Program: Single switch Morse code using thumb on right hand and a ZYGO Lolly switch. The Green Macaw is used with 64 and 128 key patterns. Talk/repeat and select level features are activated. For this user, the learning curve is fast and mostly self taught. This user is introduced to Morse code inputting method using a 64 location overlay initially. Overlay is word based and generative leaving some message locations blank to aide in visual location of icons. The user is taught to locate the four quadrants on the Macaw and learns to lock into a specific quadrant in order to navigate only within its boundaries. Talk/repeat is activated and moved in order to use it more efficiently. Once this overlay is mastered then a 128 location overlay is introduced which contains the same language as the 64 overlay with additional messages. Again, locking into quadrants and navigating within the quadrant is practiced. Once this skill is mastered then additional levels are added for the user to change to. Overlays are placed on the Macaw in a page turning method in order for the user to independently turn pages and change levels.

Profile #3:

Adolescent with advanced Duchenne's muscular dystrophy who can direct select in 8 location but is very slow and getting nowhere. Non-ambulatory, severely motor impaired, has use of fingers in one hand but timing of switch movements is difficult. There is some cognitive involvement and literacy skills are nonfunctional with very little sight word recognition. Vision is fine and there is some residual spoken language.

Program: Three switch Morse code using ZYGO Lolly switches, one represents the 'dit' and one represents the 'dah' and one represents "enter". Three switch Morse code input was chosen due to the users poor timing of switch movements. The Macaw 3 is set to a key pattern of 32 but only 16 messages are programmed initially. Multiple overlays are used with the select level and key linking features activated. The overlays are placed on the Macaw in a page turning method in order for them to be changed quickly and independently by either the user or an assistant. Language is thematic based with single hit messages and some simple key linking. The user is introduced to one overlay at a time to ease in navigation and then taught to use the select level feature. The key linking feature is introduced once navigation and message selection become fluent. Learning curve is slow to start but moves quickly with some self teaching occurring.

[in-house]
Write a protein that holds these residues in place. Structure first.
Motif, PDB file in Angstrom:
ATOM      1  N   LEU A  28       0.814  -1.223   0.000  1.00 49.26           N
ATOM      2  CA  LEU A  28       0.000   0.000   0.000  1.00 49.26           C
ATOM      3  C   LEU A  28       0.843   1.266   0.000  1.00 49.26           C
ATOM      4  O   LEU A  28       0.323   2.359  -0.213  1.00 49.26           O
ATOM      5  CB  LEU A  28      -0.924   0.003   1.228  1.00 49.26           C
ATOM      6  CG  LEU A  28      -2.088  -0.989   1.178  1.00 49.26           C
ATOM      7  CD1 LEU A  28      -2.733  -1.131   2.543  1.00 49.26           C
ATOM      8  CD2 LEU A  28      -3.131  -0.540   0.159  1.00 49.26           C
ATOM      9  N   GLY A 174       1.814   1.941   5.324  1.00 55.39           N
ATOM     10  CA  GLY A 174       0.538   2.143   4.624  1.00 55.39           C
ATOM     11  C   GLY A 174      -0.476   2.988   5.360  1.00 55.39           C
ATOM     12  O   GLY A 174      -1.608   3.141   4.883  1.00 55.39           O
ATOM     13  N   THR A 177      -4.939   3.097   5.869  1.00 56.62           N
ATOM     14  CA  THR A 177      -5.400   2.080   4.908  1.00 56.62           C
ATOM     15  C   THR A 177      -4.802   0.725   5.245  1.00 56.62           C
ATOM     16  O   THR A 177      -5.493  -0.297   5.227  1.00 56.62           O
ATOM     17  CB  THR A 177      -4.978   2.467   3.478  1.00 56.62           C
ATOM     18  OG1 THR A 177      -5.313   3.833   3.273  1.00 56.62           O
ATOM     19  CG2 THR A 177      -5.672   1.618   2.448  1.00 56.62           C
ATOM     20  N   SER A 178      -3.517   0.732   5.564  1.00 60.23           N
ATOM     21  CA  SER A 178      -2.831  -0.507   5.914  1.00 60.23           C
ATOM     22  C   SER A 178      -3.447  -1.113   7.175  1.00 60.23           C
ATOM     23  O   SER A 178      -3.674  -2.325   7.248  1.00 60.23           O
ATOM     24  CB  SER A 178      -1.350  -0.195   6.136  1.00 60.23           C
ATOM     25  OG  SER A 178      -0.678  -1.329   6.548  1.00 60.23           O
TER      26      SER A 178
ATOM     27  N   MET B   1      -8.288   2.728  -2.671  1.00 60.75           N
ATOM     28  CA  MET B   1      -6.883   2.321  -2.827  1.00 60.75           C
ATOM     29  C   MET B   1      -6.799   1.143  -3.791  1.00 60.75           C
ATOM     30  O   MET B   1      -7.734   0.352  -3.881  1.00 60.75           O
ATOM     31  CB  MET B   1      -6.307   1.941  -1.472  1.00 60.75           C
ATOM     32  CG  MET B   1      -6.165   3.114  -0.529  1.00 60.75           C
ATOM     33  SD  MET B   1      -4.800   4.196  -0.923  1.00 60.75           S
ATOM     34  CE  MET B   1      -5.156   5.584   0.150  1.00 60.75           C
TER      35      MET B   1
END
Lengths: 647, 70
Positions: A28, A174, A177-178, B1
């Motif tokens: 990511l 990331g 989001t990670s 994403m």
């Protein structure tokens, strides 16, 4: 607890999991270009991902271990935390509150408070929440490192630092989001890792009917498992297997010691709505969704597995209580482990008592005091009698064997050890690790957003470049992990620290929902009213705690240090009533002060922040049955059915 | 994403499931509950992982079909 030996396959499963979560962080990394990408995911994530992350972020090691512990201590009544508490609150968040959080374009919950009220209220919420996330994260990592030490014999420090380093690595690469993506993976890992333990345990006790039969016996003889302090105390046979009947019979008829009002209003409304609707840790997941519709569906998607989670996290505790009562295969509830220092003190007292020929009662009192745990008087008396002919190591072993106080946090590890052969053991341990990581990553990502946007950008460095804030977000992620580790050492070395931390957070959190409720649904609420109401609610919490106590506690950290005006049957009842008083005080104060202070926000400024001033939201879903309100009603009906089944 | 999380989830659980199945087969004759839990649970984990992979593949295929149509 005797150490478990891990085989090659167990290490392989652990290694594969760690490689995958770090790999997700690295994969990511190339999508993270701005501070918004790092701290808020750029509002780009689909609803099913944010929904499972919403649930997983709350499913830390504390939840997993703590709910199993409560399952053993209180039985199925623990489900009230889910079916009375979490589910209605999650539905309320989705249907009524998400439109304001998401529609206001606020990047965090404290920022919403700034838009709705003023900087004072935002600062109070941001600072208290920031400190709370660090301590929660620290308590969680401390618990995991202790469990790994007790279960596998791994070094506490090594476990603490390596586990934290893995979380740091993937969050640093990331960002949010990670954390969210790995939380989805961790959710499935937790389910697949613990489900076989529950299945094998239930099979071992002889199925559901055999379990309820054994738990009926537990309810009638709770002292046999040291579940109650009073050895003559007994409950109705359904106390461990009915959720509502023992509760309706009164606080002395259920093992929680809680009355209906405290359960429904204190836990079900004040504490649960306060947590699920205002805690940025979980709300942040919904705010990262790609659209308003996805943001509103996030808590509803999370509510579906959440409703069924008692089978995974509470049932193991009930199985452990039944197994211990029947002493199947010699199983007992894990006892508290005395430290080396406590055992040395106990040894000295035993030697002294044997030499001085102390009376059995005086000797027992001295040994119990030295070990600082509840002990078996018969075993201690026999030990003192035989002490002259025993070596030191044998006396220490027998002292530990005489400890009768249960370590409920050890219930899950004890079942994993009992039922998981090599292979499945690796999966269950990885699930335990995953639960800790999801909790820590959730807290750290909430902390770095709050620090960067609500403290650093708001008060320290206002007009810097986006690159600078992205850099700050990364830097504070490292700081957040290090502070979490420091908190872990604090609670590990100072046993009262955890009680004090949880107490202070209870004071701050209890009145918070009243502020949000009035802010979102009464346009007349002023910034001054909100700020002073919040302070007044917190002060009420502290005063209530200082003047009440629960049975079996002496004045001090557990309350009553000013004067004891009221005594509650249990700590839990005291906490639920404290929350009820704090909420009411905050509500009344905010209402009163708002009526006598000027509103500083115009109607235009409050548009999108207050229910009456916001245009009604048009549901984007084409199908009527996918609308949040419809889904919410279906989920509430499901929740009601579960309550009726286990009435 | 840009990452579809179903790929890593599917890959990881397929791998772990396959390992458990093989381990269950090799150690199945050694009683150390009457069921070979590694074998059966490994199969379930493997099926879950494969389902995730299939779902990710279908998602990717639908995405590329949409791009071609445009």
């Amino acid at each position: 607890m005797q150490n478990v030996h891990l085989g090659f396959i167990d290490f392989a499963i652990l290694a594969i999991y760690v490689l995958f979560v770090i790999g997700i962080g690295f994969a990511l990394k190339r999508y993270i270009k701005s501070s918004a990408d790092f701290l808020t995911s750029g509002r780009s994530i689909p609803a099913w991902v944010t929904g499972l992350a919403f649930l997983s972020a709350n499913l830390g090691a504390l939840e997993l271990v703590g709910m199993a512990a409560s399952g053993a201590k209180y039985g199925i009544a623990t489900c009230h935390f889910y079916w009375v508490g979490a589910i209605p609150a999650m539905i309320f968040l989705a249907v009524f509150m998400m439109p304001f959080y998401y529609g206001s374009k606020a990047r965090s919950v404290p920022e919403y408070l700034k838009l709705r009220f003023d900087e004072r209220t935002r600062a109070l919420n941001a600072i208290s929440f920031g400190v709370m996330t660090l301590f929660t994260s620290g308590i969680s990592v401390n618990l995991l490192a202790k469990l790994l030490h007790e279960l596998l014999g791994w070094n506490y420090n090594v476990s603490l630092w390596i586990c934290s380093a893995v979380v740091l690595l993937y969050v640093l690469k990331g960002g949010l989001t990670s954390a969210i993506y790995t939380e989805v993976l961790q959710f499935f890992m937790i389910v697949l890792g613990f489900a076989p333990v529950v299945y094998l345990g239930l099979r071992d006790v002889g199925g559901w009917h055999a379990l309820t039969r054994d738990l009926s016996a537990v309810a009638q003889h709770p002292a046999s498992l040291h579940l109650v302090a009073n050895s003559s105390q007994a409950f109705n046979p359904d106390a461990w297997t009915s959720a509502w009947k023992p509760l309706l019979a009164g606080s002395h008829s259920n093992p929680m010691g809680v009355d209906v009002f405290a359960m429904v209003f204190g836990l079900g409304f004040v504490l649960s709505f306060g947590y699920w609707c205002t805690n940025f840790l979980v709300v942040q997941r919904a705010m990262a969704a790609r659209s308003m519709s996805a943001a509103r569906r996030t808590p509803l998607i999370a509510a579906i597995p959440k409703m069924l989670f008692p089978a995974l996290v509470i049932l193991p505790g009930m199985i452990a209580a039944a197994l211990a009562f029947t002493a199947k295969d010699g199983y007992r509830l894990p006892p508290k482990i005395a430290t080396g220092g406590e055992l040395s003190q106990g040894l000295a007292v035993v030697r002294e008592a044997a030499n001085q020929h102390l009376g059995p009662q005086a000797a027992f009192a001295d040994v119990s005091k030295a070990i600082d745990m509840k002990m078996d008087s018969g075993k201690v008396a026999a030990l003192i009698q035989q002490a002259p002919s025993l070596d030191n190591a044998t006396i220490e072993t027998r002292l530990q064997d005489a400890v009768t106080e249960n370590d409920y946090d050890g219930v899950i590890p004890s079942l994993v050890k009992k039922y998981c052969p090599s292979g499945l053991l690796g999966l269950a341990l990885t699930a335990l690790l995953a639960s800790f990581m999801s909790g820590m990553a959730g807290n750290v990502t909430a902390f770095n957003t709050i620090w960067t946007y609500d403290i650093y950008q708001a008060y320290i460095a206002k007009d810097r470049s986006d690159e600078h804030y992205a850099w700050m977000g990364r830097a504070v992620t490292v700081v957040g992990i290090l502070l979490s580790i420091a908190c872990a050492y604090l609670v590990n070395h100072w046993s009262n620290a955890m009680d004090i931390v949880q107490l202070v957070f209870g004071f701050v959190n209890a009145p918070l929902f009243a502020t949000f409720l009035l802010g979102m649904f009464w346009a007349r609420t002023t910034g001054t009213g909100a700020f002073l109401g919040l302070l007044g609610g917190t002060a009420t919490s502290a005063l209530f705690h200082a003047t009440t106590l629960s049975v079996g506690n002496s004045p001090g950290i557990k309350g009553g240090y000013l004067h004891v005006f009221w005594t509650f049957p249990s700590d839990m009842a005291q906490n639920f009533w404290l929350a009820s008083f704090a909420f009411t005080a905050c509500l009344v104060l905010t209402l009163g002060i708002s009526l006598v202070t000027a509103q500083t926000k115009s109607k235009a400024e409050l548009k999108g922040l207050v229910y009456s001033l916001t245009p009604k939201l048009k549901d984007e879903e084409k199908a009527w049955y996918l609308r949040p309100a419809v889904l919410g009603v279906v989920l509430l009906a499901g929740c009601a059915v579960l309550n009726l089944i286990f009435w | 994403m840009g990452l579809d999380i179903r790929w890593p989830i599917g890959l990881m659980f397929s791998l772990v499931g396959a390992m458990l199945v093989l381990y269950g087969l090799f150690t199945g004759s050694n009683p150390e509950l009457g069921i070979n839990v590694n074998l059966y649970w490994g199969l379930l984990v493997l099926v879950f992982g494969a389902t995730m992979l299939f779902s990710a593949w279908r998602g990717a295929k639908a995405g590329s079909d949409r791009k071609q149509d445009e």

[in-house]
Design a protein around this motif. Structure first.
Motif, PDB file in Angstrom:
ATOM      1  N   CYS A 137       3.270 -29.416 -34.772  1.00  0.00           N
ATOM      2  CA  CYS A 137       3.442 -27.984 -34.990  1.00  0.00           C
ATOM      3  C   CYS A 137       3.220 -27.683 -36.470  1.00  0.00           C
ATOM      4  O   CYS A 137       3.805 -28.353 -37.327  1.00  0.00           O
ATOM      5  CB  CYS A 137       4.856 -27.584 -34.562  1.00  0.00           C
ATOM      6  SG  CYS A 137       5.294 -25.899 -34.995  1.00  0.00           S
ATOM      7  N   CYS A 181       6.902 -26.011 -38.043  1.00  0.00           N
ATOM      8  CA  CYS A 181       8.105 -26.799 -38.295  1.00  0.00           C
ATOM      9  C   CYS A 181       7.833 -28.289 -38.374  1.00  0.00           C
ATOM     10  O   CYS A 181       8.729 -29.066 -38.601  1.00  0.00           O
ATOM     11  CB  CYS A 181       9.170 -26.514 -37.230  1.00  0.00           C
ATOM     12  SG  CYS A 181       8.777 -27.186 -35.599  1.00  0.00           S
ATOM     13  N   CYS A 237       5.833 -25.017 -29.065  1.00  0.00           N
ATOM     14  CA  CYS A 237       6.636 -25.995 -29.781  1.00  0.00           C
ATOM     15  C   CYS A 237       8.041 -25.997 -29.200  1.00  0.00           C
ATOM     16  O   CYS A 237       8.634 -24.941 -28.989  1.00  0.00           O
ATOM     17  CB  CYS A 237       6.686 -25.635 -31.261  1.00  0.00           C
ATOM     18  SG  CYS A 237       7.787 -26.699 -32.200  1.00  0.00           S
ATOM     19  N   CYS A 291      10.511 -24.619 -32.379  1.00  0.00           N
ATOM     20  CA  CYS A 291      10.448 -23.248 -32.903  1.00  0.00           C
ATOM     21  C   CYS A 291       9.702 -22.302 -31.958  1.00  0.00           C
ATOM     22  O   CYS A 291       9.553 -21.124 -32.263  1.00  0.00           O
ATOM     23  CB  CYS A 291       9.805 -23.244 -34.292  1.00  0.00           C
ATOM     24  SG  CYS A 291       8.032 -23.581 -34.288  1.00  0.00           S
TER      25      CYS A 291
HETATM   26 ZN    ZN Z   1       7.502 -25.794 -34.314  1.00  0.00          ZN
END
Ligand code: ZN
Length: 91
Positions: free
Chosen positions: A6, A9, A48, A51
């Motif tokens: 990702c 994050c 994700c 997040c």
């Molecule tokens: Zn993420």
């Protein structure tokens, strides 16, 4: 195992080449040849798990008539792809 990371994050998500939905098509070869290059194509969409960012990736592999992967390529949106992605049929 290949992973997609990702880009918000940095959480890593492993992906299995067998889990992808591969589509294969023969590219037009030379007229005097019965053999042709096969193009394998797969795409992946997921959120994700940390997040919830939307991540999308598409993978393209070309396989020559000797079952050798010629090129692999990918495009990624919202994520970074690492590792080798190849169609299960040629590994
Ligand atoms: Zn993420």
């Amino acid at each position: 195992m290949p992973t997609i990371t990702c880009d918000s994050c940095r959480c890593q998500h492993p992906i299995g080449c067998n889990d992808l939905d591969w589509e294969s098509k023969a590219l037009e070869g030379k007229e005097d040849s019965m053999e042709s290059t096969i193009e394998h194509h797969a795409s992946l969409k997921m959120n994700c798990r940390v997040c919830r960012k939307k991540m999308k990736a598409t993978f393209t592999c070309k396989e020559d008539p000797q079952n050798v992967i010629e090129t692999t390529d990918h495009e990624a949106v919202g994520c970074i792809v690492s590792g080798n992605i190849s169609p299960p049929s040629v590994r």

Morse code input method can be a faster method for everyone from a severely cognitively involved switch user to a high-level user of a picture communication system. This session is designed to demonstrate Morse code with three potential users and give the audience some creative strategies to implement.